Background/aims: Cardiopulmonary bypass (CPB) is prone to inducing brain injury during open heart surgery. A hydrogen-rich solution (HRS) can prevent oxidation and apoptosis, and inhibit inflammation. This study investigated effects of HRS on brain injury induced by CPB and regulatory mechanisms of the PI3K/Akt/GSK3β signaling pathway. Methods: A rat CPB model and an in vitro cell hypoxia model were established. After HRS treatment, Rat behavior was measured using neurological deficit score; Evans blue (EB) was used to assess permeability of the blood-brain barrier (BBB); HE staining was used to observe pathological changes; Inflammatory factors and brain injury markers were detected by ELISA; the PI3K/Akt/GSK3β pathway-related proteins and apoptosis were assessed by western blot, immunohistochemistry and qRT -PCR analyses of brain tissue and neurons. Results: After CPB, brain tissue anatomy was disordered, and cell structure was abnormal. Brain tissue EB content increased. There was an increase in the number of apoptotic cells, an increase in expression of Bax and caspase-3, a decrease in expression of Bcl2, and increases in levels of Akt, GSK3β, P-Akt, and P-GSK3β in brain tissue. HRS treatment attenuated the inflammatory reaction ,brain tissue EB content was significantly reduced and significantly decreased expression levels of Bax, caspase-3, Akt, GSK3β, P-Akt, and P-GSK3β in the brain. After adding the PI3K signaling pathway inhibitor, LY294002, to rat cerebral microvascular endothelial cells (CMECs), HRS could reduce activated Akt expression and downstream regulatory gene phosphorylation of GSK3β expression, and inhibit CMEC apoptosis. Conclusion: The PI3K/Akt/GSK3β signaling pathway plays an important role in the mechanism of CPB-induced brain injury. HRS can reduce CPB-induced brain injury and inhibit CMEC apoptosis through the PI3K/Akt/GSK3β signaling pathway.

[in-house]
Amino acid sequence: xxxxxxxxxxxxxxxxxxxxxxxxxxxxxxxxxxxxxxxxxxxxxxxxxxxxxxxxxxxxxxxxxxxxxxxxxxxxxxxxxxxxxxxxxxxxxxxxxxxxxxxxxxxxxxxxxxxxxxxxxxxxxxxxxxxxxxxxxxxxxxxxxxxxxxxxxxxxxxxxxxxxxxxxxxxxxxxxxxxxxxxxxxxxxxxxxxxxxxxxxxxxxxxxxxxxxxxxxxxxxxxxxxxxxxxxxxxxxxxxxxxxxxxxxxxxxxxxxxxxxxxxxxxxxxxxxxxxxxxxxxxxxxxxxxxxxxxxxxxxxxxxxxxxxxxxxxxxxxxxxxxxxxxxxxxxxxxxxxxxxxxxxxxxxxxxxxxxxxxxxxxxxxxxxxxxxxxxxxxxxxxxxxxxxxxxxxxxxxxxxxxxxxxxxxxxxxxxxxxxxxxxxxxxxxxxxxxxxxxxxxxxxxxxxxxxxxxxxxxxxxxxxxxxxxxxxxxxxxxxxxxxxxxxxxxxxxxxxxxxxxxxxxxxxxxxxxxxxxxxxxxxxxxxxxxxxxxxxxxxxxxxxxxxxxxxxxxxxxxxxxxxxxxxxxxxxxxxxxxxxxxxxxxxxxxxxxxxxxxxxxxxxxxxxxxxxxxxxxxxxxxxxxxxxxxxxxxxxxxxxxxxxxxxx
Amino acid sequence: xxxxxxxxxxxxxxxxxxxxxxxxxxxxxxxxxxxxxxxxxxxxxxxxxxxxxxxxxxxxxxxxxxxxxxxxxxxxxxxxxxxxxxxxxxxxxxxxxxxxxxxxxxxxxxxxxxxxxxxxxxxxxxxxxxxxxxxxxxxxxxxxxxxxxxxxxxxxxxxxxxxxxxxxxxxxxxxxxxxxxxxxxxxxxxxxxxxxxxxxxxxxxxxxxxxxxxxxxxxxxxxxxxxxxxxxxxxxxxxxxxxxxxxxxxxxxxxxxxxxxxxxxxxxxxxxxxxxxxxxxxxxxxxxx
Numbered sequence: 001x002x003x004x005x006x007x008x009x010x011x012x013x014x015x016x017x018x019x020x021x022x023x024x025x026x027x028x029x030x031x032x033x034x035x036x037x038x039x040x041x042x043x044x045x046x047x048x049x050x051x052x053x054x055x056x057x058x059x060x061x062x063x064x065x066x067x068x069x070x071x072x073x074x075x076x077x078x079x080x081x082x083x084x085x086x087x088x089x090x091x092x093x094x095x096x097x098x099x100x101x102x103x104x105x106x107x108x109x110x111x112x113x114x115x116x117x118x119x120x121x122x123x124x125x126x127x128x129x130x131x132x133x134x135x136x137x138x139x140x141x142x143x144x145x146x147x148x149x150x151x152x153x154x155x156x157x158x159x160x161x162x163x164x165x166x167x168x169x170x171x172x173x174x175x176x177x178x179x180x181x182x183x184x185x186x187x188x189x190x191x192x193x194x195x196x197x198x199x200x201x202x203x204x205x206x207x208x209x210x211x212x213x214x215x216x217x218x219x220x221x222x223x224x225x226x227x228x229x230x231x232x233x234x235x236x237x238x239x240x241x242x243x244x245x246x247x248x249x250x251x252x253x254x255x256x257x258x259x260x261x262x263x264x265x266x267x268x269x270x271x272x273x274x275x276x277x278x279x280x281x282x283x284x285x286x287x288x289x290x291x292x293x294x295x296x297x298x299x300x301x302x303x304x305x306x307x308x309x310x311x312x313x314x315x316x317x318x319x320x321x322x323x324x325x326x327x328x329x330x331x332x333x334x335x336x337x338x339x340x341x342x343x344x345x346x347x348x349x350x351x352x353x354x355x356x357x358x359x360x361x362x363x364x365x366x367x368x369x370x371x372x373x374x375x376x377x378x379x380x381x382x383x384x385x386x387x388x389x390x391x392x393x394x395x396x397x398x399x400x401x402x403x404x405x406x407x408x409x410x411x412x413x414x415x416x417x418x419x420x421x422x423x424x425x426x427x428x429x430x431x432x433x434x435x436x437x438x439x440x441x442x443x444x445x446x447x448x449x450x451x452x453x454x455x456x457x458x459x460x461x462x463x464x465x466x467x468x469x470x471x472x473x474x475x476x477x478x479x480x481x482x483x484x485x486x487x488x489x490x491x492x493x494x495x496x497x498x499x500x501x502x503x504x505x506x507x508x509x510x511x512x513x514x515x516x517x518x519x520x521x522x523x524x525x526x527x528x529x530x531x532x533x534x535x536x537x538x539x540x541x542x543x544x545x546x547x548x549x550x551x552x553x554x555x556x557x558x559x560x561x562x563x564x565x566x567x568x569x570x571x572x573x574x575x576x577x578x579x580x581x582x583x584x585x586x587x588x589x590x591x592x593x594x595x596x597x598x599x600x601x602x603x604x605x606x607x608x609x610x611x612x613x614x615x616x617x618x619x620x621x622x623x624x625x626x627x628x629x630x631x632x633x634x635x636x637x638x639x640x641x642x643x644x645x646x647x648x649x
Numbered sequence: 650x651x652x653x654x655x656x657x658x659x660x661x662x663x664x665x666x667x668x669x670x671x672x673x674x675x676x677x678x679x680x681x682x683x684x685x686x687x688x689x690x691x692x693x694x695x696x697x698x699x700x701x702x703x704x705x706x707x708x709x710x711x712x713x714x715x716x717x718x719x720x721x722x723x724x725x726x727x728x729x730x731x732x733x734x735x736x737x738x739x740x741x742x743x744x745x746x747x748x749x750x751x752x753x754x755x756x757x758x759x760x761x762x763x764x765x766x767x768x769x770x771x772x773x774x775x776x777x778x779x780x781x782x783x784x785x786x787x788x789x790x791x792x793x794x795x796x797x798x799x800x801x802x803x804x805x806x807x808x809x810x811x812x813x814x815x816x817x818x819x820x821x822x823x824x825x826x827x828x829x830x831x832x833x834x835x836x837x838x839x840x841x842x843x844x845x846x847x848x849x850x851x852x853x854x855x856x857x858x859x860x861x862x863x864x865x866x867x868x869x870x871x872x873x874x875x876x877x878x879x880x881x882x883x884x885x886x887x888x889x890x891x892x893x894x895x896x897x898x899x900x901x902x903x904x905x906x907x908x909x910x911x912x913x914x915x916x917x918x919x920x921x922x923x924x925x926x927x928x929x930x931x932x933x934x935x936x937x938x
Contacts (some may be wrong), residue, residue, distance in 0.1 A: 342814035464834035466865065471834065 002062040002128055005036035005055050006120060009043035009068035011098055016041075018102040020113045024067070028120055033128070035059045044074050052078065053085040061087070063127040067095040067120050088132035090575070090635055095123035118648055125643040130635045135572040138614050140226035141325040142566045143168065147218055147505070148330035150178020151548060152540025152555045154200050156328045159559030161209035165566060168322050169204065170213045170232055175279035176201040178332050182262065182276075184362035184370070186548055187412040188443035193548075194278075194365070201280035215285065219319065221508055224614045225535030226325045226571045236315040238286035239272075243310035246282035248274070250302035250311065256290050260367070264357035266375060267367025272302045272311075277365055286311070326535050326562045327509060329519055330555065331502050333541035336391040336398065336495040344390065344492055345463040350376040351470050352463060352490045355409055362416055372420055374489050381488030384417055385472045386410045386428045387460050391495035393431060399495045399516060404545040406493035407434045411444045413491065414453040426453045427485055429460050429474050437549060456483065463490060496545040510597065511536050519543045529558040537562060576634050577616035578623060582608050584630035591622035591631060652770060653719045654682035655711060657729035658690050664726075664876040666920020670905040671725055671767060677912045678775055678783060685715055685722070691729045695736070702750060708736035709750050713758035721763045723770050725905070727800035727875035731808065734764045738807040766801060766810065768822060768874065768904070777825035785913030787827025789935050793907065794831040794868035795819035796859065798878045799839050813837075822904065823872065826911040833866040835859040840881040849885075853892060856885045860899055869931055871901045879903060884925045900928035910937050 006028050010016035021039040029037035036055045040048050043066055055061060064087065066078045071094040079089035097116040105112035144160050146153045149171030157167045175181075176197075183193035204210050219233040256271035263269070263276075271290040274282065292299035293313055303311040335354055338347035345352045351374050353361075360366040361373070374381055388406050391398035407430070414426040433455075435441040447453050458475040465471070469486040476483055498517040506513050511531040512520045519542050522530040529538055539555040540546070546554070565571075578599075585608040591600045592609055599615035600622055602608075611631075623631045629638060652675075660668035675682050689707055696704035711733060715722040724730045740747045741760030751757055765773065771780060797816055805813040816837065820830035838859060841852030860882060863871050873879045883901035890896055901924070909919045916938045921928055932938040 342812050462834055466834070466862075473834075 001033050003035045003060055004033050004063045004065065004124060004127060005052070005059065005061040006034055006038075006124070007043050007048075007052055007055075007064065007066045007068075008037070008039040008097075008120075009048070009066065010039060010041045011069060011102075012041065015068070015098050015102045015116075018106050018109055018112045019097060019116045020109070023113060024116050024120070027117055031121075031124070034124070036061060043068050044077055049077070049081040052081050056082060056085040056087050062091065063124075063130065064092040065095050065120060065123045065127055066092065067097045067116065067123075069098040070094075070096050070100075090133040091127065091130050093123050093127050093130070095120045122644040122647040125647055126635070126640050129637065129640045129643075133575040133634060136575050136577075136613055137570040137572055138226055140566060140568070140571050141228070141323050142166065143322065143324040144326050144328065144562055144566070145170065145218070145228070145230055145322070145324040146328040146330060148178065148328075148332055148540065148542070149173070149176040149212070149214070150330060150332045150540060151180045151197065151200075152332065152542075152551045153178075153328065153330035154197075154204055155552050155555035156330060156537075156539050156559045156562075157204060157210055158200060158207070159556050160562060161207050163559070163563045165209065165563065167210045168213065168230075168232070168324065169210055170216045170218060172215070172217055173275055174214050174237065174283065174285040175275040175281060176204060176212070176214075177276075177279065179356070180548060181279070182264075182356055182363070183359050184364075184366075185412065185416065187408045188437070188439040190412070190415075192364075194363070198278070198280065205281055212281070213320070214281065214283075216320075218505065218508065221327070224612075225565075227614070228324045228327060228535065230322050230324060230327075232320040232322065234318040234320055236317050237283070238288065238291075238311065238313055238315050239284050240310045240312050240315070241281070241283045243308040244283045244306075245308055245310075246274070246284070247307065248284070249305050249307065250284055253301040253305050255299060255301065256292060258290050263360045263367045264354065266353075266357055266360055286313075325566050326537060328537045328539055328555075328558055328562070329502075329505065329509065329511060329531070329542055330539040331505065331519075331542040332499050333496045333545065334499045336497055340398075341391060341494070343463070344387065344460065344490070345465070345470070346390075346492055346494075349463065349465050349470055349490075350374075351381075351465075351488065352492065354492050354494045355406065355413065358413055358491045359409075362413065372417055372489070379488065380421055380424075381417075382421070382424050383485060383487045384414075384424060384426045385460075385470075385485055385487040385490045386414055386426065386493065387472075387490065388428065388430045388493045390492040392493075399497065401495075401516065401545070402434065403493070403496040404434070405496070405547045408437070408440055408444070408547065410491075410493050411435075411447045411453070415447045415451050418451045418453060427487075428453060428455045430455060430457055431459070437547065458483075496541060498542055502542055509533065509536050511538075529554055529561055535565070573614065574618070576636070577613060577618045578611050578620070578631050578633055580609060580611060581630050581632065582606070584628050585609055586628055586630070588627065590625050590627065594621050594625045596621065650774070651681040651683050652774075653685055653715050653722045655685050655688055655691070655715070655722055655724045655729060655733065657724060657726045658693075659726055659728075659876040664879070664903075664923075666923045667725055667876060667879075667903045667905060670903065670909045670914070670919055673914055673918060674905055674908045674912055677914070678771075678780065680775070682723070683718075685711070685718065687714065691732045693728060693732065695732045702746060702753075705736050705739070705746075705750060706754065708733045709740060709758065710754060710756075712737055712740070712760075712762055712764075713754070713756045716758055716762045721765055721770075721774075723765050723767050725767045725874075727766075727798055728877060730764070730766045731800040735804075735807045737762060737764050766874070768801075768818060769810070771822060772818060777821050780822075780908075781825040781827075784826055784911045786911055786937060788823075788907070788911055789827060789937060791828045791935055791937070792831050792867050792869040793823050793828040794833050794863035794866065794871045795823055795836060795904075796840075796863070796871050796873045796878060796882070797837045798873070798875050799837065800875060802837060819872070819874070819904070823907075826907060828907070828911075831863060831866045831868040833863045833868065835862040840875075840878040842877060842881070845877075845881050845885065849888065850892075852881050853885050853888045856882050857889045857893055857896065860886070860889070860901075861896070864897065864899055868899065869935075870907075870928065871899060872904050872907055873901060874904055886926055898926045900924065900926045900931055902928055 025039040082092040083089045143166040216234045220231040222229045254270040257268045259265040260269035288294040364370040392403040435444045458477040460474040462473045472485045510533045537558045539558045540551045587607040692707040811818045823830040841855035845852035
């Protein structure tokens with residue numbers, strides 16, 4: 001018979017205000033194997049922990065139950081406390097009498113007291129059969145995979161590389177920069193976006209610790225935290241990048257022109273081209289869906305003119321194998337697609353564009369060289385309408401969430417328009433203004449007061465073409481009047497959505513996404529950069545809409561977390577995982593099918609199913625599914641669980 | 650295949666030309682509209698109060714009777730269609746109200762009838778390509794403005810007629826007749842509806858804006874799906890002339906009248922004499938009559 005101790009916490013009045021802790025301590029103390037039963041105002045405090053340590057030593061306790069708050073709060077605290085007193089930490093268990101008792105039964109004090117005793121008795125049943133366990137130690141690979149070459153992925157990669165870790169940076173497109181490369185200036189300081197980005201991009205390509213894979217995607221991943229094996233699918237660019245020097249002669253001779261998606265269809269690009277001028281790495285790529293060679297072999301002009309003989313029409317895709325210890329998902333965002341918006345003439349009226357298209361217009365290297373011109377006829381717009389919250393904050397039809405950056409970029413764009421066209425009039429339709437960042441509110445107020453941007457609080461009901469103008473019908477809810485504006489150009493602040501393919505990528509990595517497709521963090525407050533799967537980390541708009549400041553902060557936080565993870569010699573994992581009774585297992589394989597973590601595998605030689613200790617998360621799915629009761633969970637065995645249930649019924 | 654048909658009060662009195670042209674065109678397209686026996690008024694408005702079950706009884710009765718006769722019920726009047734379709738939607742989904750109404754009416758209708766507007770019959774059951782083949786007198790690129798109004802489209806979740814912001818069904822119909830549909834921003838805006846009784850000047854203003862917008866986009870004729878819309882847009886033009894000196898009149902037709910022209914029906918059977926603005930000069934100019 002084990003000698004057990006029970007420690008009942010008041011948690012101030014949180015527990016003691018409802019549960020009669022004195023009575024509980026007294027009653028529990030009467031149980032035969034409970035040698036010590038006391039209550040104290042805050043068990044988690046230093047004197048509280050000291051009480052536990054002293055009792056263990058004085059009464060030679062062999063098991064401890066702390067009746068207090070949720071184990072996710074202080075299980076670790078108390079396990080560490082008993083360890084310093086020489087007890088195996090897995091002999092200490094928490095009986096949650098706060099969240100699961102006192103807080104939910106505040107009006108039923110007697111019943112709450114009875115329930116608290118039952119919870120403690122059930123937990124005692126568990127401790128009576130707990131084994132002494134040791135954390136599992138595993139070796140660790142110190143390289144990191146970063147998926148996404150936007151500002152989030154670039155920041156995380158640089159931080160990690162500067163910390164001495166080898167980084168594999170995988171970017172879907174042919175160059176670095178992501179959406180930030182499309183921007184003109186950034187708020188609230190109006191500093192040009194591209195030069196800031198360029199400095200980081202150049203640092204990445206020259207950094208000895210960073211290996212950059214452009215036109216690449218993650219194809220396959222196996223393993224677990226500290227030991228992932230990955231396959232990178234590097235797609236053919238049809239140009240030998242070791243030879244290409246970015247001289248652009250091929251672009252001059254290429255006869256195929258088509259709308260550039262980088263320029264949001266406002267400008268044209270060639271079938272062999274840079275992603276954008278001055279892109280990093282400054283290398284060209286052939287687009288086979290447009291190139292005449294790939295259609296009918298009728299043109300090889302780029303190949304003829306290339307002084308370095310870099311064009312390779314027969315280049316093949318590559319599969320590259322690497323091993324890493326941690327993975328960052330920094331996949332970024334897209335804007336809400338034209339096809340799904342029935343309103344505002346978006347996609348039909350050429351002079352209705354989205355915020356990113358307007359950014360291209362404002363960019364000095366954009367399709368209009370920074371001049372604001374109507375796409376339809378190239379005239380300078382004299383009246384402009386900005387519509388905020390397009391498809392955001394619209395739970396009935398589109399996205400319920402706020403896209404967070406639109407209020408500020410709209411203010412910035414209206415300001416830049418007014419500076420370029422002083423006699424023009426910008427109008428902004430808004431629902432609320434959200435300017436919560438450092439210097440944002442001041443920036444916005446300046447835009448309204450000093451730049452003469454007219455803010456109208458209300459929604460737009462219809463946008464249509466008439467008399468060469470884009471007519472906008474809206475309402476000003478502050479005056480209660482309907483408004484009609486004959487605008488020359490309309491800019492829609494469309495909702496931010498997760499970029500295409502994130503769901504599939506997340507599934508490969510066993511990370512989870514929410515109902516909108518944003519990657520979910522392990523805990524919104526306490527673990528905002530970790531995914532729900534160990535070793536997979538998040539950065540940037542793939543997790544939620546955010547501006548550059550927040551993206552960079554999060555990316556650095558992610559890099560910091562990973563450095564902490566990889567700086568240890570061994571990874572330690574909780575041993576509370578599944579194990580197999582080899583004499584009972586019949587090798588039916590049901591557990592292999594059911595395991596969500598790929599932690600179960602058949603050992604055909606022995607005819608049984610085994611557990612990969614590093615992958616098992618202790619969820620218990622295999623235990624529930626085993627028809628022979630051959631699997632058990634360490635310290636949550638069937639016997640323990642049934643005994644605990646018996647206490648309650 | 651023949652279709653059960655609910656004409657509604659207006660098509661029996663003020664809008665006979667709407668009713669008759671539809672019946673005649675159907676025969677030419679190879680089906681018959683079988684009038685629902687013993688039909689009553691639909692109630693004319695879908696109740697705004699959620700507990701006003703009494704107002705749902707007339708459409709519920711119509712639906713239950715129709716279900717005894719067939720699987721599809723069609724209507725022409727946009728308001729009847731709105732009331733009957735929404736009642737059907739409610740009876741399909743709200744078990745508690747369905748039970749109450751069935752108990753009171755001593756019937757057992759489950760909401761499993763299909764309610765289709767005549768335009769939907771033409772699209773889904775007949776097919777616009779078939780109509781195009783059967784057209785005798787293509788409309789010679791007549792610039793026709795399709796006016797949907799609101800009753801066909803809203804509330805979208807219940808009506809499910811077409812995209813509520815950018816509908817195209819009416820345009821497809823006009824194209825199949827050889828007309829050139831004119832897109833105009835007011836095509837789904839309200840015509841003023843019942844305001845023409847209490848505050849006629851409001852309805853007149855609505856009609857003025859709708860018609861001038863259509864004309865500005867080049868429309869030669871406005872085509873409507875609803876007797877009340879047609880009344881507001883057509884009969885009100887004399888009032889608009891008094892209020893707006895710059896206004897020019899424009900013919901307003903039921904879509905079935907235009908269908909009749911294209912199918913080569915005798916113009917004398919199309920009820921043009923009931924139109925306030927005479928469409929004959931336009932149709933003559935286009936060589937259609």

Hydrogen‑rich solution against myocardial injury and aquaporin expression via the PI3K/Akt signaling pathway during cardiopulmonary bypass in rats